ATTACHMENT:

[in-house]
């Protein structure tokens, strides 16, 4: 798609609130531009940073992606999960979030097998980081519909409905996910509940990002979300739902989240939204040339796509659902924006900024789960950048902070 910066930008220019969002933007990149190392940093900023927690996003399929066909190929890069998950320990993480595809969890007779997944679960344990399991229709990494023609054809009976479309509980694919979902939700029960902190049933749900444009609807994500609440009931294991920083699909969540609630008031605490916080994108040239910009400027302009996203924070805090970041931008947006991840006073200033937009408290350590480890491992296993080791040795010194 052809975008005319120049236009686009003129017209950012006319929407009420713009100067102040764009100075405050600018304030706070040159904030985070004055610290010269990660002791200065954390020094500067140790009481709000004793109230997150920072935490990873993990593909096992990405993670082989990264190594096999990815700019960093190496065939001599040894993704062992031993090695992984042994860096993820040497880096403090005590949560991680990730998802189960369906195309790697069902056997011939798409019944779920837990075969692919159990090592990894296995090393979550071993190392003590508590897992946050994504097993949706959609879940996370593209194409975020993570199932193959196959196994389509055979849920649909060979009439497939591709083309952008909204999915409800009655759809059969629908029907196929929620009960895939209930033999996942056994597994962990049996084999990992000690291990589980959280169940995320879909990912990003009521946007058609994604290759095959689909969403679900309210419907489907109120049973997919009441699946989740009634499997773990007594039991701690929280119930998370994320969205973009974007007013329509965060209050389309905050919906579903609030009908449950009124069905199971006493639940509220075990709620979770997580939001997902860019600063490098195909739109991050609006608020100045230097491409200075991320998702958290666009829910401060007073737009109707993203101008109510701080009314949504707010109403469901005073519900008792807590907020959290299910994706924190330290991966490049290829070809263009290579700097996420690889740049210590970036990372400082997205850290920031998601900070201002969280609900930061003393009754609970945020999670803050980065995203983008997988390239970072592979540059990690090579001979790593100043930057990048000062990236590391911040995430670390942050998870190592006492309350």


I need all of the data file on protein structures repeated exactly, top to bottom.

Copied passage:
[in-house]
């Protein structure tokens, strides 16, 4: 798609609130531009940073992606999960979030097998980081519909409905996910509940990002979300739902989240939204040339796509659902924006900024789960950048902070 910066930008220019969002933007990149190392940093900023927690996003399929066909190929890069998950320990993480595809969890007779997944679960344990399991229709990494023609054809009976479309509980694919979902939700029960902190049933749900444009609807994500609440009931294991920083699909969540609630008031605490916080994108040239910009400027302009996203924070805090970041931008947006991840006073200033937009408290350590480890491992296993080791040795010194 052809975008005319120049236009686009003129017209950012006319929407009420713009100067102040764009100075405050600018304030706070040159904030985070004055610290010269990660002791200065954390020094500067140790009481709000004793109230997150920072935490990873993990593909096992990405993670082989990264190594096999990815700019960093190496065939001599040894993704062992031993090695992984042994860096993820040497880096403090005590949560991680990730998802189960369906195309790697069902056997011939798409019944779920837990075969692919159990090592990894296995090393979550071993190392003590508590897992946050994504097993949706959609879940996370593209194409975020993570199932193959196959196994389509055979849920649909060979009439497939591709083309952008909204999915409800009655759809059969629908029907196929929620009960895939209930033999996942056994597994962990049996084999990992000690291990589980959280169940995320879909990912990003009521946007058609994604290759095959689909969403679900309210419907489907109120049973997919009441699946989740009634499997773990007594039991701690929280119930998370994320969205973009974007007013329509965060209050389309905050919906579903609030009908449950009124069905199971006493639940509220075990709620979770997580939001997902860019600063490098195909739109991050609006608020100045230097491409200075991320998702958290666009829910401060007073737009109707993203101008109510701080009314949504707010109403469901005073519900008792807590907020959290299910994706924190330290991966490049290829070809263009290579700097996420690889740049210590970036990372400082997205850290920031998601900070201002969280609900930061003393009754609970945020999670803050980065995203983008997988390239970072592979540059990690090579001979790593100043930057990048000062990236590391911040995430670390942050998870190592006492309350």